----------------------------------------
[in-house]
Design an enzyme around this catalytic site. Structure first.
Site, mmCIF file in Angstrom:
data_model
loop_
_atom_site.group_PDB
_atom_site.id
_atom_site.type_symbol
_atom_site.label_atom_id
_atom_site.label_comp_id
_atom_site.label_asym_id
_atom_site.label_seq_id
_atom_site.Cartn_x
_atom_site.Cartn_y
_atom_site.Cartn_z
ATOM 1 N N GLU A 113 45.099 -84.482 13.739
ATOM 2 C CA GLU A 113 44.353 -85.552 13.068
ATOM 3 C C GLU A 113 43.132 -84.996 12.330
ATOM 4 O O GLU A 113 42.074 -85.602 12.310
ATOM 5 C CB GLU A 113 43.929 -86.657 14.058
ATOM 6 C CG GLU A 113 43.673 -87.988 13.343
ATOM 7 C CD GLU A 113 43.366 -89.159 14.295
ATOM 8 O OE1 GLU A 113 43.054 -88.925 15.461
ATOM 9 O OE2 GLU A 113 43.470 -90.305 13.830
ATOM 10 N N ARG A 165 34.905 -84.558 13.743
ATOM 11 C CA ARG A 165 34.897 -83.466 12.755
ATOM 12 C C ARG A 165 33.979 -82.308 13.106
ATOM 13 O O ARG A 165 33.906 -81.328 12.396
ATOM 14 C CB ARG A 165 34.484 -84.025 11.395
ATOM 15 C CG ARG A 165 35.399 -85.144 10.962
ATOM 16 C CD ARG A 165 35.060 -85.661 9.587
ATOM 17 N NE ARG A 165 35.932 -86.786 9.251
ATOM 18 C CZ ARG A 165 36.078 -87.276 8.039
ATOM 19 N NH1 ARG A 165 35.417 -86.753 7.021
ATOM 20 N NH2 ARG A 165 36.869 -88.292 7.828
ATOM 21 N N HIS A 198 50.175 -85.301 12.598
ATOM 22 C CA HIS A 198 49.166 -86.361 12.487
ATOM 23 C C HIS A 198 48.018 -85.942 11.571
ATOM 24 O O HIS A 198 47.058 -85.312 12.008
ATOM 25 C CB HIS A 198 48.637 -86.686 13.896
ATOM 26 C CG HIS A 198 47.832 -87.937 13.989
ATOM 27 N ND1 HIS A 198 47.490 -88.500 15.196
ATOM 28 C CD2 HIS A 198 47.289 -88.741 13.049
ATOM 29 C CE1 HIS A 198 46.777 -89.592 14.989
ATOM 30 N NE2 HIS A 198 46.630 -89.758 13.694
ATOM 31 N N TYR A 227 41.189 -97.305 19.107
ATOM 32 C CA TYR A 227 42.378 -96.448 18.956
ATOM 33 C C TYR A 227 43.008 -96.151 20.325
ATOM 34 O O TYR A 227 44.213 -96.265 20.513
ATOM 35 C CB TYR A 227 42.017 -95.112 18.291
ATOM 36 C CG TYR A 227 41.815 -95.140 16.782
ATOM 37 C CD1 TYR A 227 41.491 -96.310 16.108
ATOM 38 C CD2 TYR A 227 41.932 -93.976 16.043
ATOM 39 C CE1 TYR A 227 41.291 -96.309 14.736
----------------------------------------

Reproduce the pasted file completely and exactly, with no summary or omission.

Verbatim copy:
[in-house]
Design an enzyme around this catalytic site. Structure first.
Site, mmCIF file in Angstrom:
data_model
loop_
_atom_site.group_PDB
_atom_site.id
_atom_site.type_symbol
_atom_site.label_atom_id
_atom_site.label_comp_id
_atom_site.label_asym_id
_atom_site.label_seq_id
_atom_site.Cartn_x
_atom_site.Cartn_y
_atom_site.Cartn_z
ATOM 1 N N GLU A 113 45.099 -84.482 13.739
ATOM 2 C CA GLU A 113 44.353 -85.552 13.068
ATOM 3 C C GLU A 113 43.132 -84.996 12.330
ATOM 4 O O GLU A 113 42.074 -85.602 12.310
ATOM 5 C CB GLU A 113 43.929 -86.657 14.058
ATOM 6 C CG GLU A 113 43.673 -87.988 13.343
ATOM 7 C CD GLU A 113 43.366 -89.159 14.295
ATOM 8 O OE1 GLU A 113 43.054 -88.925 15.461
ATOM 9 O OE2 GLU A 113 43.470 -90.305 13.830
ATOM 10 N N ARG A 165 34.905 -84.558 13.743
ATOM 11 C CA ARG A 165 34.897 -83.466 12.755
ATOM 12 C C ARG A 165 33.979 -82.308 13.106
ATOM 13 O O ARG A 165 33.906 -81.328 12.396
ATOM 14 C CB ARG A 165 34.484 -84.025 11.395
ATOM 15 C CG ARG A 165 35.399 -85.144 10.962
ATOM 16 C CD ARG A 165 35.060 -85.661 9.587
ATOM 17 N NE ARG A 165 35.932 -86.786 9.251
ATOM 18 C CZ ARG A 165 36.078 -87.276 8.039
ATOM 19 N NH1 ARG A 165 35.417 -86.753 7.021
ATOM 20 N NH2 ARG A 165 36.869 -88.292 7.828
ATOM 21 N N HIS A 198 50.175 -85.301 12.598
ATOM 22 C CA HIS A 198 49.166 -86.361 12.487
ATOM 23 C C HIS A 198 48.018 -85.942 11.571
ATOM 24 O O HIS A 198 47.058 -85.312 12.008
ATOM 25 C CB HIS A 198 48.637 -86.686 13.896
ATOM 26 C CG HIS A 198 47.832 -87.937 13.989
ATOM 27 N ND1 HIS A 198 47.490 -88.500 15.196
ATOM 28 C CD2 HIS A 198 47.289 -88.741 13.049
ATOM 29 C CE1 HIS A 198 46.777 -89.592 14.989
ATOM 30 N NE2 HIS A 198 46.630 -89.758 13.694
ATOM 31 N N TYR A 227 41.189 -97.305 19.107
ATOM 32 C CA TYR A 227 42.378 -96.448 18.956
ATOM 33 C C TYR A 227 43.008 -96.151 20.325
ATOM 34 O O TYR A 227 44.213 -96.265 20.513
ATOM 35 C CB TYR A 227 42.017 -95.112 18.291
ATOM 36 C CG TYR A 227 41.815 -95.140 16.782
ATOM 37 C CD1 TYR A 227 41.491 -96.310 16.108
ATOM 38 C CD2 TYR A 227 41.932 -93.976 16.043
ATOM 39 C CE1 TYR A 227 41.291 -96.309 14.736